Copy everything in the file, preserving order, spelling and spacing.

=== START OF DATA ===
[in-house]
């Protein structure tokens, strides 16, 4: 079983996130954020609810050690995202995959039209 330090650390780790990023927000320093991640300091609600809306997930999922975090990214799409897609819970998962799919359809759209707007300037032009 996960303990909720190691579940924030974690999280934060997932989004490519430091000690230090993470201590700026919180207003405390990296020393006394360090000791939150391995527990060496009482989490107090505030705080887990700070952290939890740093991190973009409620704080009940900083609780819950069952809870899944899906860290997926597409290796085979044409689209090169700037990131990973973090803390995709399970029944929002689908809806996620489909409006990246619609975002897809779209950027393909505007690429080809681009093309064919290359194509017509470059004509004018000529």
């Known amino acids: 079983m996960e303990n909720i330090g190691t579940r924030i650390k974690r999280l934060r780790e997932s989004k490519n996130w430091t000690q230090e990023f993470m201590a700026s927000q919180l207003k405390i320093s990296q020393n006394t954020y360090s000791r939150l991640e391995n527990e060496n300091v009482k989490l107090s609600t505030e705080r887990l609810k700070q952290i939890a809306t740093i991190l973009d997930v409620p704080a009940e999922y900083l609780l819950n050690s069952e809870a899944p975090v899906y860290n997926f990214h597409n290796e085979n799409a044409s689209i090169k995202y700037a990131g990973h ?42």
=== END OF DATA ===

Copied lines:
[in-house]
């Protein structure tokens, strides 16, 4: 079983996130954020609810050690995202995959039209 330090650390780790990023927000320093991640300091609600809306997930999922975090990214799409897609819970998962799919359809759209707007300037032009 996960303990909720190691579940924030974690999280934060997932989004490519430091000690230090993470201590700026919180207003405390990296020393006394360090000791939150391995527990060496009482989490107090505030705080887990700070952290939890740093991190973009409620704080009940900083609780819950069952809870899944899906860290997926597409290796085979044409689209090169700037990131990973973090803390995709399970029944929002689908809806996620489909409006990246619609975002897809779209950027393909505007690429080809681009093309064919290359194509017509470059004509004018000529």
């Known amino acids: 079983m996960e303990n909720i330090g190691t579940r924030i650390k974690r999280l934060r780790e997932s989004k490519n996130w430091t000690q230090e990023f993470m201590a700026s927000q919180l207003k405390i320093s990296q020393n006394t954020y360090s000791r939150l991640e391995n527990e060496n300091v009482k989490l107090s609600t505030e705080r887990l609810k700070q952290i939890a809306t740093i991190l973009d997930v409620p704080a009940e999922y900083l609780l819950n050690s069952e809870a899944p975090v899906y860290n997926f990214h597409n290796e085979n799409a044409s689209i090169k995202y700037a990131g990973h ?42």